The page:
A dog that was on the brink of death after being buried alive has been saved and rehomed by the Scottish SPCA.
Jake the border collie had been left for dead, buried under a pile of rocks in the Scottish Highlands.
But after weeks of veterinary care and loving treatment, Scotland’s animal welfare charity in Glasgow has found a loving home for him.
Some walkers who were passing by where Jake was buried thankfully heard his cries and found him, reports Glasgow Live.
Thankfully, passing hill walkers heard his cries and found him. The walkers contacted the Scottish SPCA animal helpline and inspectors Yvonne Sloss and Mark Greener immediately made their way to where the callers were. The inspectors then took him to a local vet where treatment was administered right away.
Inspector Yvonne Sloss said: “This was truly one of the worst cases I have ever experienced.
“When I first saw Jake I felt shock, sadness and disbelief that someone had deliberately done this to him.
“His head was so swollen and he was in a terrible way. We didn’t think there was any way he would make it. He was in a comatose state when we arrived at the vet where he received emergency treatment.
“Miraculously, Jake survived the night. It was only when he was transferred to our Glasgow vet clinic that we found out how bad it actually was.
“Poor Jake was in need of a lot of care to help him recover both mentally and physically.”
The team at the Scottish SPCA Glasgow Animal Rescue and Rehoming Centre veterinary clinic was shocked at the extent of his injuries. He had multiple skull and jaw fractures and was blind in one eye. Jake had to undergo numerous surgeries to remove the damaged eye and broken teeth.
Very slowly, Jake improved. He responded well to the expert care given to him at the vet clinic. Just days before Christmas 2020, after almost six weeks of intensive treatment, Jake was fostered by Scottish SPCA inspector Mark Greener.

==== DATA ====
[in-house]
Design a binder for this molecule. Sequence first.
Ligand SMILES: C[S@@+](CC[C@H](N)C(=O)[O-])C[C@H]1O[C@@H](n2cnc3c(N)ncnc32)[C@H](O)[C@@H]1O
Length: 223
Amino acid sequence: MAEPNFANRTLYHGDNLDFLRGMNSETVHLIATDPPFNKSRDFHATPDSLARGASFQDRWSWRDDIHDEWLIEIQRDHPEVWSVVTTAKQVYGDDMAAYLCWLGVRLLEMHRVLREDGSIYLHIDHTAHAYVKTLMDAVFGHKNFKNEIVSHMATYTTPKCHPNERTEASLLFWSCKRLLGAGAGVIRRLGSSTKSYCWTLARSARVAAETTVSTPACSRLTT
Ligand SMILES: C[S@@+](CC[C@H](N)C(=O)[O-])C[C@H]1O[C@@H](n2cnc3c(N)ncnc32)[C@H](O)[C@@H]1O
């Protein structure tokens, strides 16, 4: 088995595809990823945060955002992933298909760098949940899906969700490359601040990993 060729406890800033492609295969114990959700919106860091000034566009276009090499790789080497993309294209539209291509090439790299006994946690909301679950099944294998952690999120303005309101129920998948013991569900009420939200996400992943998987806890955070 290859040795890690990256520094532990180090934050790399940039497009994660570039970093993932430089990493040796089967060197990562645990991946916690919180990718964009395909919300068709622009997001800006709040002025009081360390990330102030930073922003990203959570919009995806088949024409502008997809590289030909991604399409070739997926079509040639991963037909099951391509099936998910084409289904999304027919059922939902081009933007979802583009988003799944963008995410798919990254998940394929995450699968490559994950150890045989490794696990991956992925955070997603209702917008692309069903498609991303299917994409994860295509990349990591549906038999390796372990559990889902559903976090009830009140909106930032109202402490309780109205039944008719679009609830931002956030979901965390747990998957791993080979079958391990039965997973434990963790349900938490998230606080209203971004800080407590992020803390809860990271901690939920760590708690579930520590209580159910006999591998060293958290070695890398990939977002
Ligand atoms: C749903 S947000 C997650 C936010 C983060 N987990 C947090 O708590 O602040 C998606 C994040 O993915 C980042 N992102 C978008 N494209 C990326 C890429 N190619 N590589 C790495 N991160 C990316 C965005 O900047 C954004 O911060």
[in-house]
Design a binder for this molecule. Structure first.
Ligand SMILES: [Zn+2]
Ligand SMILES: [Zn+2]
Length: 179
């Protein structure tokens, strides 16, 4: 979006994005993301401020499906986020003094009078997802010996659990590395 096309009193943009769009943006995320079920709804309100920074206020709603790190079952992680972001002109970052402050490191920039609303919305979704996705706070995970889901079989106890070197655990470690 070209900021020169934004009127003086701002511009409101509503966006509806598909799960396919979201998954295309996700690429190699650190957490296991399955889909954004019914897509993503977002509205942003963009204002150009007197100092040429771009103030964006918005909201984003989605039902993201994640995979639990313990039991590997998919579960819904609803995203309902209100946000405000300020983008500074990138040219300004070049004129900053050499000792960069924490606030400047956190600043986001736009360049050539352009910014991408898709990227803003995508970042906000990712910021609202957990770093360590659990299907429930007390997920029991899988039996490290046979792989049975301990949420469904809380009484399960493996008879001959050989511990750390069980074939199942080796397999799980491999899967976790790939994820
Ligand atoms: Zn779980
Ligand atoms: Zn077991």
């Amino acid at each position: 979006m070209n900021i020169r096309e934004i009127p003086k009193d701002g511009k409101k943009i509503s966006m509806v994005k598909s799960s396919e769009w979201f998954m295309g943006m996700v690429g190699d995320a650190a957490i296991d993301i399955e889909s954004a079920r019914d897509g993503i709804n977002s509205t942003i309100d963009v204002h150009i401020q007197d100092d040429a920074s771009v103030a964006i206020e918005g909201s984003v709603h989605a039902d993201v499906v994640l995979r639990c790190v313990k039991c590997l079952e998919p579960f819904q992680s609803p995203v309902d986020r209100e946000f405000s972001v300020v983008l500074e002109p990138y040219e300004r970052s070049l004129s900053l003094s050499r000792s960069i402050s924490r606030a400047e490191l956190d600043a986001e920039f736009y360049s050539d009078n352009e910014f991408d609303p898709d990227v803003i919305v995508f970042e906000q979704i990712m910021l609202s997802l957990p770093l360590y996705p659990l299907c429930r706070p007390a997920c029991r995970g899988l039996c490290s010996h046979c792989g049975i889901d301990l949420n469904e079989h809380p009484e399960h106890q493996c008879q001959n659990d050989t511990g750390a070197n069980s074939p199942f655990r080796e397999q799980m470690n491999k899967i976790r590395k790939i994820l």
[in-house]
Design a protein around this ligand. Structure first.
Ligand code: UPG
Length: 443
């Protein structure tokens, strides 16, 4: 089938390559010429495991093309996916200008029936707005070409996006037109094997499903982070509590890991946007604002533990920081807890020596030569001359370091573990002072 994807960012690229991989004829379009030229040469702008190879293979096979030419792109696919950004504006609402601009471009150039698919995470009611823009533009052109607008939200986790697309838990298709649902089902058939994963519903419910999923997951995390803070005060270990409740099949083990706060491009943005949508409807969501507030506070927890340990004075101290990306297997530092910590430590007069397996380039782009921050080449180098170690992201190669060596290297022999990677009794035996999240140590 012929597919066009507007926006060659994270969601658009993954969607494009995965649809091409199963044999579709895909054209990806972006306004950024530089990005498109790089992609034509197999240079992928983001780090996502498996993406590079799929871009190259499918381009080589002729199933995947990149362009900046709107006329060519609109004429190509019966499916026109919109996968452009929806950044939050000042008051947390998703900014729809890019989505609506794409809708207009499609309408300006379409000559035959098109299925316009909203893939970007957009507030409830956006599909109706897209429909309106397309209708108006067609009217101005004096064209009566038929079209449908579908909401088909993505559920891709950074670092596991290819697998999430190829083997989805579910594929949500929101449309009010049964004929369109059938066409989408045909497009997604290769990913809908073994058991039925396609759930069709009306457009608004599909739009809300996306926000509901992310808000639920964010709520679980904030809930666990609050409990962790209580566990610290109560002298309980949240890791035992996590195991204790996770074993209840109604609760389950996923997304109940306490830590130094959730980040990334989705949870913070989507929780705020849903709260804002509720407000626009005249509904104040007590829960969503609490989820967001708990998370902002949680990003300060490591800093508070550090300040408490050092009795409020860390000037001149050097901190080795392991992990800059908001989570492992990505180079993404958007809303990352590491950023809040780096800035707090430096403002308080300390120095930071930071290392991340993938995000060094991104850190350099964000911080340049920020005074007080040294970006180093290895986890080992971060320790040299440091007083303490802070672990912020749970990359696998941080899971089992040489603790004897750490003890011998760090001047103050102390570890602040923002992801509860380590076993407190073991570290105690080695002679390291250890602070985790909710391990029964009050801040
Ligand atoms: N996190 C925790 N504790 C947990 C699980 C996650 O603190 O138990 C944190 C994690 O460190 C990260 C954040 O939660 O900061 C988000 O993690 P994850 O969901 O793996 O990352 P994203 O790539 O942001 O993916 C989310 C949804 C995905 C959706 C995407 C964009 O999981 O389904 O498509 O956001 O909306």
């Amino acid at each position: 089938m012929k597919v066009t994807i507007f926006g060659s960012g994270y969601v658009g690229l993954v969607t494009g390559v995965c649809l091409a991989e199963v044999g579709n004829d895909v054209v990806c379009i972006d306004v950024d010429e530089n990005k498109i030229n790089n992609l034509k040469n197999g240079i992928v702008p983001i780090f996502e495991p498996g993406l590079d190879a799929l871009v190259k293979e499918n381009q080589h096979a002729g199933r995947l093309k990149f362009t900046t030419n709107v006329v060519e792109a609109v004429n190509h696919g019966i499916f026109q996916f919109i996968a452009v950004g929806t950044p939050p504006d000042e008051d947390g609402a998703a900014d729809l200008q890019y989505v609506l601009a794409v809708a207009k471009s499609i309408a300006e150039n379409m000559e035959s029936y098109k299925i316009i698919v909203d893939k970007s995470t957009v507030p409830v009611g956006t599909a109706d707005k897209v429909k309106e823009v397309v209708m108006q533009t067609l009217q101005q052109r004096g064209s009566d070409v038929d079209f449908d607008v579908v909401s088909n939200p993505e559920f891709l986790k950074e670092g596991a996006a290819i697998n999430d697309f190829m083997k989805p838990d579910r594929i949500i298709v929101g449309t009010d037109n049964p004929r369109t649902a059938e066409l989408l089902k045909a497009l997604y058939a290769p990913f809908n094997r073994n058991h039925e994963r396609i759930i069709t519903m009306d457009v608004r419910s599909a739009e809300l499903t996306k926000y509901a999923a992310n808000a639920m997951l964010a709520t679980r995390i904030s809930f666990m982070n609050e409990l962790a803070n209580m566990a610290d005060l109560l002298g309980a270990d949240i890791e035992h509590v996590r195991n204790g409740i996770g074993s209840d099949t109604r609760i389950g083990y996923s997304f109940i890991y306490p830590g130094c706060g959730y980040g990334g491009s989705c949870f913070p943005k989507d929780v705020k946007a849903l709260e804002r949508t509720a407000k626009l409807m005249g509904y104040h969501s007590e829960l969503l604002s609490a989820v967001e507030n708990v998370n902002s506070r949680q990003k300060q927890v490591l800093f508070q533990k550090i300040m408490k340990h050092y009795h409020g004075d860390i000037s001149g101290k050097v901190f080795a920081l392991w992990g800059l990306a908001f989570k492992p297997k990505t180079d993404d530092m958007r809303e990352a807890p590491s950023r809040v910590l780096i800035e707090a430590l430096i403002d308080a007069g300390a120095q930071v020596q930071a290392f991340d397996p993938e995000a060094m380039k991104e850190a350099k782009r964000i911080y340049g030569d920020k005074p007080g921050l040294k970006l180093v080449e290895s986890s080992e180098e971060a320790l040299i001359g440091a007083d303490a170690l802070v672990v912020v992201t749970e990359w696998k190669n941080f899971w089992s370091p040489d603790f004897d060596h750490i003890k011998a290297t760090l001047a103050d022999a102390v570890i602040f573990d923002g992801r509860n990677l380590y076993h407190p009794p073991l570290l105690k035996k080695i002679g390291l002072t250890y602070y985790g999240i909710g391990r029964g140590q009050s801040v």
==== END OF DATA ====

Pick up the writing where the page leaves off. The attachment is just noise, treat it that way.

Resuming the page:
Due to how Jake was found, the team knew he would benefit from being in a secure and comfortable home to aid his recovery.
Mark said: “When Jake came home with me, he was still incredibly fragile. His fractures hadn’t completely healed and he was unable to close his jaw.
“Jake required specialist care and it took time for him to come round and really heal. It took him a while to trust me but now that he does, we’re bonded forever.
“We are always outside and Jake loves to play. I really couldn’t imagine life without him now. I’m so thankful to the passers-by who found Jake. Without them he may not have survived that day.
“But it’s also thanks to members of the public and Scottish SPCA supporters that Jake was able to be rescued and rehabilitated. We are only able to function due to funding from donations.
These services which helped Jake to recover from his ordeal wouldn’t be here without the generosity of the public.
“I’m sure his experience still stays with him and always will but now he’s with me, we are doing all we can to make it a distant memory.
The Scottish SPCA receives no government funding and is entirely reliant on donations from the public which make rescues like Jake’s possible.